TaylorMade SIM2 Irons Review

Joel Tadman tests the SIM2 Max and SIM2 Max OS irons to see how the performance has improved over SIM

TaylorMade SIM2 Irons review
(Image credit: Future)
Golf Monthly Verdict

If you’ve got one of the two SIM iron sets, there doesn’t appear to be much of a need to change into SIM2. But if your irons are a few years old and you’re looking for something new that combines distance and forgiveness, and that feel good too, the SIM2 irons are certainly worth considering.

Reasons to buy
  • +

    Fast and forgiving from a wide area

  • +

    Lively, explosive feel

  • +

    Two of the longest irons within its competitive set

Reasons to avoid
  • -

    Minimal gains over SIM

  • -

    Not much difference in performance between the two models

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TaylorMade SIM2 Irons Review

Take a look at the video review below...

We saw a fairly big design shift in the TaylorMade SIM2 drivers and this is also the case with the two SIM2 Max irons. 

The Speed Bridge on the SIM irons has been replaced by a polymer cap that supports the entire topline, which TaylorMade says allows it to be faster and more stable on a wider area. The diagonal bar that the Speed Bridge created remains to a degree, but only cosmetically forming part of the cap’s shape. From the back, both irons look like a hollow cavity back from the future, with subtle details like carbon fibre panels poking through.

At address, little has changed versus what we saw in SIM. The SIM2 Max is the smaller of the two models but still has generous sole width, offset and a thick topline that ensure it looks easy to hit while the SIM2 Max OS appears larger and has noticeably more offset to create more slice correction.

TaylorMade SIM2 irons at address

The SIM2 Max (left) and SIM2 Max OS irons at address

The SIM2 Max has the same 7-iron loft at the outgoing SIM Max at 28.5° while the SIM2 Max OS has got half a degree stronger, now 26.5° in the 7-iron. Our testing on the Foresight Sports GCQuad launch monitor suggested that along with the looks, the performance hasn’t changed a great deal either.

TaylorMade SIM2 irons data

The SIM2 Max was admittedly just under 2mph quicker in ball speed than SIM Max with a slightly lower launch and similar spin at just over 5100 mark. This resulted in carries that were two yards longer on average. We found the SIM2 Max OS to be around 400 rpm lower spinning than SIM Max OS with all the other key parameters basically exactly the same. The 0.5 deg stronger loft resulted in one extra yard of carry on average.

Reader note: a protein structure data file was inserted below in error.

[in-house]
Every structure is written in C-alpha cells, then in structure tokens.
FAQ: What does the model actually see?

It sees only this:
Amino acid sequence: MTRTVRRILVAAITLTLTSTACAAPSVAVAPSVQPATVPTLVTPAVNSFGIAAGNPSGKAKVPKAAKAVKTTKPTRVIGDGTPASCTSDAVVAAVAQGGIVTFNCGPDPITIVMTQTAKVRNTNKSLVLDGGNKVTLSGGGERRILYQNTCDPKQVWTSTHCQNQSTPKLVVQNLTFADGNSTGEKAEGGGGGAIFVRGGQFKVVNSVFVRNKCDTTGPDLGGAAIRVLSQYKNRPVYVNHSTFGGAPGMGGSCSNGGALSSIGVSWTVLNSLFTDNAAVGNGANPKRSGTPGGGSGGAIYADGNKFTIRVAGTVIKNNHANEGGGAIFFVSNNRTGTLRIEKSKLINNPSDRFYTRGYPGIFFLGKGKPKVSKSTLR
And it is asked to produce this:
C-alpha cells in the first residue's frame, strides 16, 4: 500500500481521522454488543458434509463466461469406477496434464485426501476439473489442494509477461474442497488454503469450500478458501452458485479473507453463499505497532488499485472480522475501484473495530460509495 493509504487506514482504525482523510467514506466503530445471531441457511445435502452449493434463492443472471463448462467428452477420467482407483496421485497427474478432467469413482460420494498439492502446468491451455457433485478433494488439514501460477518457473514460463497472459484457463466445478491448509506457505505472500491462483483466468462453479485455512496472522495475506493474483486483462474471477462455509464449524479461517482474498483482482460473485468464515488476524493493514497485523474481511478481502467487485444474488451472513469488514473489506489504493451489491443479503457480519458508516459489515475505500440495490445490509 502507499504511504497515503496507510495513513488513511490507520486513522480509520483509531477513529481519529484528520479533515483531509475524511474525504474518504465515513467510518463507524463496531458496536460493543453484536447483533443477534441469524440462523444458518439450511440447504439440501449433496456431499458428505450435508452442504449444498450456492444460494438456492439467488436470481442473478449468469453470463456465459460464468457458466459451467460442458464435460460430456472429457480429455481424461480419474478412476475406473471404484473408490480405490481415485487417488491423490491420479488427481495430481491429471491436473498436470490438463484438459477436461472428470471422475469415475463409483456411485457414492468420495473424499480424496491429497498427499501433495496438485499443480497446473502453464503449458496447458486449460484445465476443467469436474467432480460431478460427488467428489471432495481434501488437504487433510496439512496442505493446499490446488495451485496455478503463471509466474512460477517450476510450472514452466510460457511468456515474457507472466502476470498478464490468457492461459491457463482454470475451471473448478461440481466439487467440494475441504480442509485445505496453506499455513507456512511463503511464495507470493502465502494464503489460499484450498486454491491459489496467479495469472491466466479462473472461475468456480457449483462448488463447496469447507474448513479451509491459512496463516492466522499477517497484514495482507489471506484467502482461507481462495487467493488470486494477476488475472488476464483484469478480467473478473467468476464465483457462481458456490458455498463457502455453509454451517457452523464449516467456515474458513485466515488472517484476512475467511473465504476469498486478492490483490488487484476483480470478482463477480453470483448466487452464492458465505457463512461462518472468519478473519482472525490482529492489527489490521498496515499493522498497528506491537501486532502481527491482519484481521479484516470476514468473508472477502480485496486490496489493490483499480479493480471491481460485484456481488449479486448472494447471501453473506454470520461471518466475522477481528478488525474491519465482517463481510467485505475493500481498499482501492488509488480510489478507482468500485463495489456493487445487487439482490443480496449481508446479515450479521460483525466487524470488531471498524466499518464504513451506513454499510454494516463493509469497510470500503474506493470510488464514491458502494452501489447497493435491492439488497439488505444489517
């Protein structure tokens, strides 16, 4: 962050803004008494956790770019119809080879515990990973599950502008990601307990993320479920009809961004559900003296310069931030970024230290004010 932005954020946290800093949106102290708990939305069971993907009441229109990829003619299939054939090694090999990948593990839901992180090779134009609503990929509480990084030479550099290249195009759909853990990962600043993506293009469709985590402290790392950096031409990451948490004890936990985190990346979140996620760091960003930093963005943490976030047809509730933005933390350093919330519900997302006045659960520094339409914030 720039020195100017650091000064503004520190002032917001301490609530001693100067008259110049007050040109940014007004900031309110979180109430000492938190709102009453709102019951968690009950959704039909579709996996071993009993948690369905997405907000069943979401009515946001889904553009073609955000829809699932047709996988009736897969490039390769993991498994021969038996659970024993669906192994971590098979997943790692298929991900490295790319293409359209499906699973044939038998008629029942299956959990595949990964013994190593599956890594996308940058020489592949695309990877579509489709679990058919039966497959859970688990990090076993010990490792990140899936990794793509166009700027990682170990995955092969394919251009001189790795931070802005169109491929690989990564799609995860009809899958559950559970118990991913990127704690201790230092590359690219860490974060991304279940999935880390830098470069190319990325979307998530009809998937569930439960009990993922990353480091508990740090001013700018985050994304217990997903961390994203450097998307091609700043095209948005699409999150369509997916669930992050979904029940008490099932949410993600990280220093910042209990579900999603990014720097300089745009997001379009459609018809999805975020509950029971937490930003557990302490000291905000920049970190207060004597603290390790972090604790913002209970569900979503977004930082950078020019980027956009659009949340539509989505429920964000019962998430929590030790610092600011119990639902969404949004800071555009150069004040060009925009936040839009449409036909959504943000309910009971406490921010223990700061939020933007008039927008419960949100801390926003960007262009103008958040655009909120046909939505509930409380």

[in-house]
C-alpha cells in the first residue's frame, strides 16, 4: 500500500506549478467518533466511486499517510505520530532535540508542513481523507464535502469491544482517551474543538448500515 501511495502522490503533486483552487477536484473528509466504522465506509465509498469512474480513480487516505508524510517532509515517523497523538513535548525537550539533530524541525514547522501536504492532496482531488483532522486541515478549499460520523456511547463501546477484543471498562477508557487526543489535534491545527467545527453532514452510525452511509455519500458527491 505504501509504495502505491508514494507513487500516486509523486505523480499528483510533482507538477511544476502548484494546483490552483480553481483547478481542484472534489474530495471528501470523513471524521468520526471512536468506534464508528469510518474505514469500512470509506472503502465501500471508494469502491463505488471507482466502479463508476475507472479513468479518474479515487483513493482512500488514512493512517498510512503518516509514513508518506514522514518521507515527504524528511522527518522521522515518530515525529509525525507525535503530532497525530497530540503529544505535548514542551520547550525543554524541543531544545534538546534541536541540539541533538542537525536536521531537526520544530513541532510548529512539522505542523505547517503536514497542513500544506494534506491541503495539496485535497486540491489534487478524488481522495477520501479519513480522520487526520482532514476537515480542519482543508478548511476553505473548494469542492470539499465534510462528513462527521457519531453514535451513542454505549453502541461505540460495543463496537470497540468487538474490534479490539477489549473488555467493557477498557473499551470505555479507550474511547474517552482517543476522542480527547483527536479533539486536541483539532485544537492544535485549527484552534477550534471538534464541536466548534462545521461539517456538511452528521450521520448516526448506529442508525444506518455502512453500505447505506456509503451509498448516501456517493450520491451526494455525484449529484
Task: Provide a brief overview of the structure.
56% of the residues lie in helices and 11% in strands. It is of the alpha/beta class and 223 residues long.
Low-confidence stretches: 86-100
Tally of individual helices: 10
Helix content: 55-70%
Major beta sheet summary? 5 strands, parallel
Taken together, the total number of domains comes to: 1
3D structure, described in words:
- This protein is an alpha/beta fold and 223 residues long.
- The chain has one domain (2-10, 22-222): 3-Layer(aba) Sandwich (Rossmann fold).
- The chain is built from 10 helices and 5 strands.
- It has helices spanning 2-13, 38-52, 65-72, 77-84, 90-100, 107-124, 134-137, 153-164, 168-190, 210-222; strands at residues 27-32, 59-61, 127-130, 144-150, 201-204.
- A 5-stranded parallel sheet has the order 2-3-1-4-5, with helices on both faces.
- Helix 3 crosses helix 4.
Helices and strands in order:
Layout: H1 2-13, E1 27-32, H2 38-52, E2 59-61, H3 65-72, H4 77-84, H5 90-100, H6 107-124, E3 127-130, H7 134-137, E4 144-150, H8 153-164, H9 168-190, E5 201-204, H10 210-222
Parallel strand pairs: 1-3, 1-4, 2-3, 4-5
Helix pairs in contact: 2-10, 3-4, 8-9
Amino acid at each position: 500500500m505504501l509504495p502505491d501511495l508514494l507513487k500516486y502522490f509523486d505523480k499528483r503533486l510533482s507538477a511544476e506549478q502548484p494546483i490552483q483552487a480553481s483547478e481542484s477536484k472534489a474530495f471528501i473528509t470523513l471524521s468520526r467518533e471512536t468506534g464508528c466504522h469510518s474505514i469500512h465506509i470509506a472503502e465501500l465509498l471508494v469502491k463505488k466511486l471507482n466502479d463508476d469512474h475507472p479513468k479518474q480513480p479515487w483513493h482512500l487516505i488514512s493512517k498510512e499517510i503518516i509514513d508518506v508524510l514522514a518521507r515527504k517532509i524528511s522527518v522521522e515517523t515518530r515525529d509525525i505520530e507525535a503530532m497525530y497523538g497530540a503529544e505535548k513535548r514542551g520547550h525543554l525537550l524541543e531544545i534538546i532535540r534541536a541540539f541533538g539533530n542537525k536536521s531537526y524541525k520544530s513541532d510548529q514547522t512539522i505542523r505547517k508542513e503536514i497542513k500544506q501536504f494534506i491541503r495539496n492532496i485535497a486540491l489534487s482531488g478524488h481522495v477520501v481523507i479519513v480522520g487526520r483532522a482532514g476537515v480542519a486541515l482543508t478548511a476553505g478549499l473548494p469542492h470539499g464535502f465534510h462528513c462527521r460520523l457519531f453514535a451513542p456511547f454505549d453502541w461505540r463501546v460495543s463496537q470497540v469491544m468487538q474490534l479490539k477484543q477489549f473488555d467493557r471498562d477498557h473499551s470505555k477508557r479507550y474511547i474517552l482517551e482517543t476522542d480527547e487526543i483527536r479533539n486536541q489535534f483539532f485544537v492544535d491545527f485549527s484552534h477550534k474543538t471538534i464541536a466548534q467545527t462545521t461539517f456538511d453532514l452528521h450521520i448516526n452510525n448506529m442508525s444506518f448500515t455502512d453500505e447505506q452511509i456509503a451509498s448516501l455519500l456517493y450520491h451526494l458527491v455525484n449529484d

Joel Tadman testing the TaylorMade SIM2 irons

The feel has definitely improved a touch too. The SIM irons felt great, but SIM2 arguably has a more powerful sensation at impact married with a slightly more low-pitched sound.

Direction also seemed easy to control with both the SIM2 irons but especially the SIM2 Max OS. The large hitting area really boosts confidence and stability on offer is noticeable - when you strike the heel or toe the face holds firm and the ball holds its line through the air. Only the poorest of strikes will result in a missed green. In truth, however, these irons feel like a small evolution of SIM and much like with the drivers, SIM set a very high bar that was always going to be difficult to beat.

If you want more iron advice, be sure to check out our guides on the best distance irons, best game improvement irons, and most forgiving irons.

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Joel Tadman
Technical Editor

Joel has worked in the golf industry for over 12 years covering both instruction and more recently equipment. He now oversees all product content here at Golf Monthly, managing a team of talented and passionate writers and presenters in delivering the most thorough and accurate reviews, buying advice, comparisons and deals to help the reader find exactly what they are looking for. So whether it's the latest driver, irons, putter or laser rangefinder, Joel has his finger on the pulse keeping up to date with the latest releases in golf. He is also responsible for all content on irons and golf tech, including distance measuring devices and launch monitors.

One of his career highlights came when covering the 2012 Masters he got to play the sacred Augusta National course on the Monday after the tournament concluded, shooting a respectable 86 with just one par and four birdies. To date, his best ever round of golf is a 5-under 67 back in 2011. He currently plays his golf at Burghley Park Golf Club in Stamford, Lincs, with a handicap index of 3.2.

Joel's current What's In The Bag? 

Driver: Titleist TSR3, 9° 

Fairway wood: Titleist TSR3, 15° 

Hybrid: Titleist TSi2, 18° 

Irons: Ping i230 4-UW

Wedges: Titleist Vokey SM8, 54°. Titleist Vokey SM9 60° lob wedge, K Grind

Putter: Evnroll ER2V 

Ball: 2023 Titleist Pro V1x